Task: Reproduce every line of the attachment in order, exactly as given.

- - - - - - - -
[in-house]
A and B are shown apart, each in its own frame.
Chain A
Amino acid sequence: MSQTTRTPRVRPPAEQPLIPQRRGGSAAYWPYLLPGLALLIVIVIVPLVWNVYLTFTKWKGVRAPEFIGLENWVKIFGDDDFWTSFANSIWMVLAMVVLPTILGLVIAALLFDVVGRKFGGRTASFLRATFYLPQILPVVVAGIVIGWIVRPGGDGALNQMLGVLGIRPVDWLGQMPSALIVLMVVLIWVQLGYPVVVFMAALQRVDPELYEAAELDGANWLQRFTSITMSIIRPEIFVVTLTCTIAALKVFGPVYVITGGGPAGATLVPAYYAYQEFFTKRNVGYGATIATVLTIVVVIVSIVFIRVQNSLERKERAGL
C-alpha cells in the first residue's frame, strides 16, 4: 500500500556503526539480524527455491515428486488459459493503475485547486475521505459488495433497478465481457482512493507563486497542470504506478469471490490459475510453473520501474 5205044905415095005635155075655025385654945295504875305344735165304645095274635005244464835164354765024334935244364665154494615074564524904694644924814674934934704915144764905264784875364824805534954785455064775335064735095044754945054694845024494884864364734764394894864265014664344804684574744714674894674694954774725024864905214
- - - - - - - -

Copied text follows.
[in-house]
A and B are shown apart, each in its own frame.
Chain A
Amino acid sequence: MSQTTRTPRVRPPAEQPLIPQRRGGSAAYWPYLLPGLALLIVIVIVPLVWNVYLTFTKWKGVRAPEFIGLENWVKIFGDDDFWTSFANSIWMVLAMVVLPTILGLVIAALLFDVVGRKFGGRTASFLRATFYLPQILPVVVAGIVIGWIVRPGGDGALNQMLGVLGIRPVDWLGQMPSALIVLMVVLIWVQLGYPVVVFMAALQRVDPELYEAAELDGANWLQRFTSITMSIIRPEIFVVTLTCTIAALKVFGPVYVITGGGPAGATLVPAYYAYQEFFTKRNVGYGATIATVLTIVVVIVSIVFIRVQNSLERKERAGL
C-alpha cells in the first residue's frame, strides 16, 4: 500500500556503526539480524527455491515428486488459459493503475485547486475521505459488495433497478465481457482512493507563486497542470504506478469471490490459475510453473520501474 5205044905415095005635155075655025385654945295504875305344735165304645095274635005244464835164354765024334935244364665154494615074564524904694644924814674934934704915144764905264784875364824805534954785455064775335064735095044754945054694845024494884864364734764394894864265014664344804684574744714674894674694954774725024864905214